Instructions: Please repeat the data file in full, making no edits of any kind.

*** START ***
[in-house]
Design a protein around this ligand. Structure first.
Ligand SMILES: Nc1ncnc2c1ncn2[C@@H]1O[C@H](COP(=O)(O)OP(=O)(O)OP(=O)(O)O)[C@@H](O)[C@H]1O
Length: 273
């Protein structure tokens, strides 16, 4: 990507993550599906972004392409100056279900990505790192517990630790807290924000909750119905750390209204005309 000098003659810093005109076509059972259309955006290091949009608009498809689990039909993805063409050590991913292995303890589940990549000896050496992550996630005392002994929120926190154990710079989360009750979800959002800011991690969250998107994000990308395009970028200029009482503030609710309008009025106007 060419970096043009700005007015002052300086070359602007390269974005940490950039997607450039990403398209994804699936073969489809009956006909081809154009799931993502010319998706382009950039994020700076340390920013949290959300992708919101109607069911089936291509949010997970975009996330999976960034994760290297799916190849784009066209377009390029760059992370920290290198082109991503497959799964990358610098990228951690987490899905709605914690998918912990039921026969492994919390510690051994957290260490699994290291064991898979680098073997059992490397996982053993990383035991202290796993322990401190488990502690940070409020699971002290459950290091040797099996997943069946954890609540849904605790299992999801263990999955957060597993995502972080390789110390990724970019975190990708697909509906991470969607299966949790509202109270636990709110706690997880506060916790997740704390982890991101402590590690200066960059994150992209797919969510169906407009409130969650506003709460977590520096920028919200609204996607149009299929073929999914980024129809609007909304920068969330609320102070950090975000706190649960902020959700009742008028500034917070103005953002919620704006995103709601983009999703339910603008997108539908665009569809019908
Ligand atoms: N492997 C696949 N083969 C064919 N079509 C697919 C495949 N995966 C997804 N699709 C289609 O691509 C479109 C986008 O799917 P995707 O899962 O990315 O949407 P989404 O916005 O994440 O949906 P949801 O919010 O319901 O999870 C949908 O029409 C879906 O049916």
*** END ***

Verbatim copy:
[in-house]
Design a protein around this ligand. Structure first.
Ligand SMILES: Nc1ncnc2c1ncn2[C@@H]1O[C@H](COP(=O)(O)OP(=O)(O)OP(=O)(O)O)[C@@H](O)[C@H]1O
Length: 273
């Protein structure tokens, strides 16, 4: 990507993550599906972004392409100056279900990505790192517990630790807290924000909750119905750390209204005309 000098003659810093005109076509059972259309955006290091949009608009498809689990039909993805063409050590991913292995303890589940990549000896050496992550996630005392002994929120926190154990710079989360009750979800959002800011991690969250998107994000990308395009970028200029009482503030609710309008009025106007 060419970096043009700005007015002052300086070359602007390269974005940490950039997607450039990403398209994804699936073969489809009956006909081809154009799931993502010319998706382009950039994020700076340390920013949290959300992708919101109607069911089936291509949010997970975009996330999976960034994760290297799916190849784009066209377009390029760059992370920290290198082109991503497959799964990358610098990228951690987490899905709605914690998918912990039921026969492994919390510690051994957290260490699994290291064991898979680098073997059992490397996982053993990383035991202290796993322990401190488990502690940070409020699971002290459950290091040797099996997943069946954890609540849904605790299992999801263990999955957060597993995502972080390789110390990724970019975190990708697909509906991470969607299966949790509202109270636990709110706690997880506060916790997740704390982890991101402590590690200066960059994150992209797919969510169906407009409130969650506003709460977590520096920028919200609204996607149009299929073929999914980024129809609007909304920068969330609320102070950090975000706190649960902020959700009742008028500034917070103005953002919620704006995103709601983009999703339910603008997108539908665009569809019908
Ligand atoms: N492997 C696949 N083969 C064919 N079509 C697919 C495949 N995966 C997804 N699709 C289609 O691509 C479109 C986008 O799917 P995707 O899962 O990315 O949407 P989404 O916005 O994440 O949906 P949801 O919010 O319901 O999870 C949908 O029409 C879906 O049916």